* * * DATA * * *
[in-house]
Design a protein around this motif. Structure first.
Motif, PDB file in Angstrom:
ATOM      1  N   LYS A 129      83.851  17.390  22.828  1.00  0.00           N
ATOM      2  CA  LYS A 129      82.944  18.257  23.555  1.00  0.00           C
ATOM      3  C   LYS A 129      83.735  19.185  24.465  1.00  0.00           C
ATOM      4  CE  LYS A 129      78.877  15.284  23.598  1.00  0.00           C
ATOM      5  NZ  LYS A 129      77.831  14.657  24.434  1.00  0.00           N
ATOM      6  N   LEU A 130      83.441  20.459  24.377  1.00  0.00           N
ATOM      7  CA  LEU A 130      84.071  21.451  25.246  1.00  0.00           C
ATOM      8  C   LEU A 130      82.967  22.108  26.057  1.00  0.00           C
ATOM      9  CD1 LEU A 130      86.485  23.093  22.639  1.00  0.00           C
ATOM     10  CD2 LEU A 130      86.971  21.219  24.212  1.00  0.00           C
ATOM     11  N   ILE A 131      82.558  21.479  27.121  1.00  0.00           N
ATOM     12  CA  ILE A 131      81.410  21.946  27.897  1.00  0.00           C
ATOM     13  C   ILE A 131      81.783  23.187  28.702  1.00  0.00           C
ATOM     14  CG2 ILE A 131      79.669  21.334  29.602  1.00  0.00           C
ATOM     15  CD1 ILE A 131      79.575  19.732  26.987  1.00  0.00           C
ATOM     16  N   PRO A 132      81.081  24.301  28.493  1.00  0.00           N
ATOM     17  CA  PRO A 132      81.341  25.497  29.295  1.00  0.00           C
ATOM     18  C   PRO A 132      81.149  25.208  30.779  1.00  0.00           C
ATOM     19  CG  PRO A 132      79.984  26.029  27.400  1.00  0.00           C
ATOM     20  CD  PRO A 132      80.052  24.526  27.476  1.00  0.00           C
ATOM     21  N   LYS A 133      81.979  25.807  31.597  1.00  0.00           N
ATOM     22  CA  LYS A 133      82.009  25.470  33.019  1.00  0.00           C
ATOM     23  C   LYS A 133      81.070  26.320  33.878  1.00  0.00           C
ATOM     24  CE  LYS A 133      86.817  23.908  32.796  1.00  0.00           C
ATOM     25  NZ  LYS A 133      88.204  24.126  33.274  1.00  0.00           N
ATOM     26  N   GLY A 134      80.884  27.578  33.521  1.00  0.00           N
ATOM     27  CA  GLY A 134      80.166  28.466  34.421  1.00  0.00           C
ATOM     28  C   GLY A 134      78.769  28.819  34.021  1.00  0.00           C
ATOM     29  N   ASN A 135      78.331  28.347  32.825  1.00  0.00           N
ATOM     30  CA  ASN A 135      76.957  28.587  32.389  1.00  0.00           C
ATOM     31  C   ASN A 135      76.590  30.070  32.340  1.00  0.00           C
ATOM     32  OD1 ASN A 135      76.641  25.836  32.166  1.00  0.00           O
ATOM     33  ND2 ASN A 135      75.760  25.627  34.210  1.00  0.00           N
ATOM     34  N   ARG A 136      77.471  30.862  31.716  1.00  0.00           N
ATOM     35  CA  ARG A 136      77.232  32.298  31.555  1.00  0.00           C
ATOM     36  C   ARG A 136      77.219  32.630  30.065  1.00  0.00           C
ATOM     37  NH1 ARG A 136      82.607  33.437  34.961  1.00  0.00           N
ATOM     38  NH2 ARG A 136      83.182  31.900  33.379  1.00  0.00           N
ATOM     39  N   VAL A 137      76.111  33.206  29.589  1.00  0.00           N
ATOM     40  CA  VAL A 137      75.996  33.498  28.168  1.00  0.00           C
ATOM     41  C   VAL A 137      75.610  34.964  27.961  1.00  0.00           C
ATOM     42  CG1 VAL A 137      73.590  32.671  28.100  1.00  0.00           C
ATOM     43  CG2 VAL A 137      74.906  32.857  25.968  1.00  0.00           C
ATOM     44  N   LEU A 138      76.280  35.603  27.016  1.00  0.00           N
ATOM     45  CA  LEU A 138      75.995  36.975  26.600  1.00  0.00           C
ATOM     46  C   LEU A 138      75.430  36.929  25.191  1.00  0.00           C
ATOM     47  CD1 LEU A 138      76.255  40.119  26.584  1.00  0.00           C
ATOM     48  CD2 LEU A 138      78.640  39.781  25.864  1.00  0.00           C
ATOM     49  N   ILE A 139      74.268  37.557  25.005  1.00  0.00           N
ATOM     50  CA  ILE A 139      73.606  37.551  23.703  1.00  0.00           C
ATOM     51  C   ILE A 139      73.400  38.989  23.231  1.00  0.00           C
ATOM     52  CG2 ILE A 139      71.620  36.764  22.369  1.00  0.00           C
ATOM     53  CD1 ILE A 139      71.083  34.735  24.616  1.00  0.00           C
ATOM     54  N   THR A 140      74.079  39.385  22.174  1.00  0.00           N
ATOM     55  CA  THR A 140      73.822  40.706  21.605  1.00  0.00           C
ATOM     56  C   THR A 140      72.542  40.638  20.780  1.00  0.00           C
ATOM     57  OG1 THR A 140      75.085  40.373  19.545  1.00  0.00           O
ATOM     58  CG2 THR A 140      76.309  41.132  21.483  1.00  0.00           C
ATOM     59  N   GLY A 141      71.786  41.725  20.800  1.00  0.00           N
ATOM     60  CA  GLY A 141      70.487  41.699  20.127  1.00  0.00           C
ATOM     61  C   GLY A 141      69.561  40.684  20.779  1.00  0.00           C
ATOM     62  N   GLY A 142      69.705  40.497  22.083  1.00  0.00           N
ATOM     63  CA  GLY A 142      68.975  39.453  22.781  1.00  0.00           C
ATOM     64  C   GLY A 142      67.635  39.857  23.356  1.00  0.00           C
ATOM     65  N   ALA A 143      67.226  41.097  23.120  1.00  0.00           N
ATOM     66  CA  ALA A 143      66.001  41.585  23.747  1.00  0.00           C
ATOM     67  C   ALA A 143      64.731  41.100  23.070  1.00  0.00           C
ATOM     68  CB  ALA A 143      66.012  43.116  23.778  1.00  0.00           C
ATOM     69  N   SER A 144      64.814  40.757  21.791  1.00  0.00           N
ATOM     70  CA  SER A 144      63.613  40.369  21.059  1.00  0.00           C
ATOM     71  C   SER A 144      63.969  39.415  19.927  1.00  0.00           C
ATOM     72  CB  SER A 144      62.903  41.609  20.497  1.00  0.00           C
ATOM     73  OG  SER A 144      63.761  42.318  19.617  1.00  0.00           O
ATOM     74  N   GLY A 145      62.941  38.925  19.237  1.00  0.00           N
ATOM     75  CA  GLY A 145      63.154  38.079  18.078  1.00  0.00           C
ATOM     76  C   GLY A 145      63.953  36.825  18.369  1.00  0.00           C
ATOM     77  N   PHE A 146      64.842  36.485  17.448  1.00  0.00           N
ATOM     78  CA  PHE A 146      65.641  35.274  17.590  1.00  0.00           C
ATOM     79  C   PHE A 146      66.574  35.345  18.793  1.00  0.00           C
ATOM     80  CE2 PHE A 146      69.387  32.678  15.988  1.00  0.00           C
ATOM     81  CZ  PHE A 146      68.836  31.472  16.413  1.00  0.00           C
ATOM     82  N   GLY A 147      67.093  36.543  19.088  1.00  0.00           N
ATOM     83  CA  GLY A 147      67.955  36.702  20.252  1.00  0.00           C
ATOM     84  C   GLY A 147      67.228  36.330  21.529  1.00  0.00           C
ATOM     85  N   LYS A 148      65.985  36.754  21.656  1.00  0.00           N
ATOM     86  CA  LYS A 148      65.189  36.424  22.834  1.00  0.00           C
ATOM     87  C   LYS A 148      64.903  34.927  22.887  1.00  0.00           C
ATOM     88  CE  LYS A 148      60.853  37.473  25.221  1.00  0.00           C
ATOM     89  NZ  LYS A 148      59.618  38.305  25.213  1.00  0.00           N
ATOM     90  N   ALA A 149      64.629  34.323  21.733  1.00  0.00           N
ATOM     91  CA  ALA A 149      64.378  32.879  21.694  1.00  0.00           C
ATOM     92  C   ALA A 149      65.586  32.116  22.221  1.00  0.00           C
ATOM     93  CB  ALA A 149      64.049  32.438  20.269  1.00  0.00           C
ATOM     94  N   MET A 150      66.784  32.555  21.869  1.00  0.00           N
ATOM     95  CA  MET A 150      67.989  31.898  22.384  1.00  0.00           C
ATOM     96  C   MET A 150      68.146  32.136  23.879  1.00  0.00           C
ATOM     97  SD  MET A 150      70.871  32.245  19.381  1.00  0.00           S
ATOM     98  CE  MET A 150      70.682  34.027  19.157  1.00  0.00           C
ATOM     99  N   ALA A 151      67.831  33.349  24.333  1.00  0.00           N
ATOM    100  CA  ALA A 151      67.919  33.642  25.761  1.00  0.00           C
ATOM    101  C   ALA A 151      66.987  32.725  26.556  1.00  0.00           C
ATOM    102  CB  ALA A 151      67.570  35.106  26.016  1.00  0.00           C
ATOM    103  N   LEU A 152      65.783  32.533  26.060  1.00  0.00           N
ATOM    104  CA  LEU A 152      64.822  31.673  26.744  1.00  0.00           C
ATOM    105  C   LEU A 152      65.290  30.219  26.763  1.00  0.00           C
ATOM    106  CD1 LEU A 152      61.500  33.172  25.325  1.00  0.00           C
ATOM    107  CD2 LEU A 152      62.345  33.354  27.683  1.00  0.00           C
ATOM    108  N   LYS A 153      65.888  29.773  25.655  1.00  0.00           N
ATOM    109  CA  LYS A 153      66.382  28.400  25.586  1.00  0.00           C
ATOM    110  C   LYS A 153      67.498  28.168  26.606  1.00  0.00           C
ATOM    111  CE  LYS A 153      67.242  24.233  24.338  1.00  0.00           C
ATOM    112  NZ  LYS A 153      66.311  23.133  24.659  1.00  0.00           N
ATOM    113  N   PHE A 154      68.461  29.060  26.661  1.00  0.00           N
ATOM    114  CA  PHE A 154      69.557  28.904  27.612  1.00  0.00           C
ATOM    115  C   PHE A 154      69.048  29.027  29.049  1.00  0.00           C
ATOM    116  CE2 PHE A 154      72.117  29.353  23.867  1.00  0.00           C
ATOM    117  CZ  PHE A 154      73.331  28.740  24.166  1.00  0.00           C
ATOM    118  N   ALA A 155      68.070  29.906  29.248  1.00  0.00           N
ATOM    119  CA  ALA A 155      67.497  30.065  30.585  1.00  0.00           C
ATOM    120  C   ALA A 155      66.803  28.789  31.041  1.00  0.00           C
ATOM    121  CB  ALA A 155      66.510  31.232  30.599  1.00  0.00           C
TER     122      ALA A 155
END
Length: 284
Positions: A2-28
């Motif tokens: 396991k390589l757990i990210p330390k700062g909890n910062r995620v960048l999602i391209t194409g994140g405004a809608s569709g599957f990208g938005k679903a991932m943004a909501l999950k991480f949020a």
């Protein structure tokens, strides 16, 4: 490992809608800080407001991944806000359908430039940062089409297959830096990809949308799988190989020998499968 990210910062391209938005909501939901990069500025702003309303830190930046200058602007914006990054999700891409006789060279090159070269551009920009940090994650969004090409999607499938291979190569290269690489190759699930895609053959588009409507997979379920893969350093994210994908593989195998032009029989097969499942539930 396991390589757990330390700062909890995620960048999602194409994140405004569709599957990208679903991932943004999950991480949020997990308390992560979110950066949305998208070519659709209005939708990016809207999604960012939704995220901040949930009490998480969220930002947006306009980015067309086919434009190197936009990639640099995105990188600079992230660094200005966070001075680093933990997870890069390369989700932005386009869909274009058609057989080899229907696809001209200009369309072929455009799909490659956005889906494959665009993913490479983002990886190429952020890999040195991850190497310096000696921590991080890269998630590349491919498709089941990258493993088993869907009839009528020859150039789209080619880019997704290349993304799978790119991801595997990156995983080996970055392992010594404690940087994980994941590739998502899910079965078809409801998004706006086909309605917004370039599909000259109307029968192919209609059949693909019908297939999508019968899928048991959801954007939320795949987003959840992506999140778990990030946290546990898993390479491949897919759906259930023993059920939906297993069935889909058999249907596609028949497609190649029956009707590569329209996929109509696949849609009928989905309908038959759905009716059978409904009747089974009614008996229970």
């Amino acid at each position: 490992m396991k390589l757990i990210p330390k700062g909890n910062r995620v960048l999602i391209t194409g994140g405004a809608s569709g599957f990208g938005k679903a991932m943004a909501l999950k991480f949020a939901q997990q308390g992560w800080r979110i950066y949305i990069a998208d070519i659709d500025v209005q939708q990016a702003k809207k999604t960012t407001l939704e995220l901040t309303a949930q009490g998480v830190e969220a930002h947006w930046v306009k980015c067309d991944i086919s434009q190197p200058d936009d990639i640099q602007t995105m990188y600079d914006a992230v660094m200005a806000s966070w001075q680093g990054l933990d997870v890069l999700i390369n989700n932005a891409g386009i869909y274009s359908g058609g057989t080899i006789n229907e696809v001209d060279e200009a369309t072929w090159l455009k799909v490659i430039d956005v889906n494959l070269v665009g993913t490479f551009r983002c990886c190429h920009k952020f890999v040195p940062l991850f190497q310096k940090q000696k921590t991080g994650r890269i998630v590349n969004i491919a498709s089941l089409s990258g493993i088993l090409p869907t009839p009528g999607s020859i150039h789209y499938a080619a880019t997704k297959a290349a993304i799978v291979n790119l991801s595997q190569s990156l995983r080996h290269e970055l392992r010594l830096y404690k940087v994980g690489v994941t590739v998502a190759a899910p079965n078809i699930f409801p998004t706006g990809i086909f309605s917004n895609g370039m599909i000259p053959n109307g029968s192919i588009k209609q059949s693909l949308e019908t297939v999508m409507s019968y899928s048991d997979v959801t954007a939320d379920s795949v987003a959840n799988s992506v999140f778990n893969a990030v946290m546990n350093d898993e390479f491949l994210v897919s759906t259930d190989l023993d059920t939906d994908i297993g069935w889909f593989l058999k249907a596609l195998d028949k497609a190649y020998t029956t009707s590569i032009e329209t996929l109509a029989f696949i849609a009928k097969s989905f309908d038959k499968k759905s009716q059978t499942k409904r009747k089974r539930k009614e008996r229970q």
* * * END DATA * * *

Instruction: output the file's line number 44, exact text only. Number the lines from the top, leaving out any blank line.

ATOM     41  C   VAL A 137      75.610  34.964  27.961  1.00  0.00           C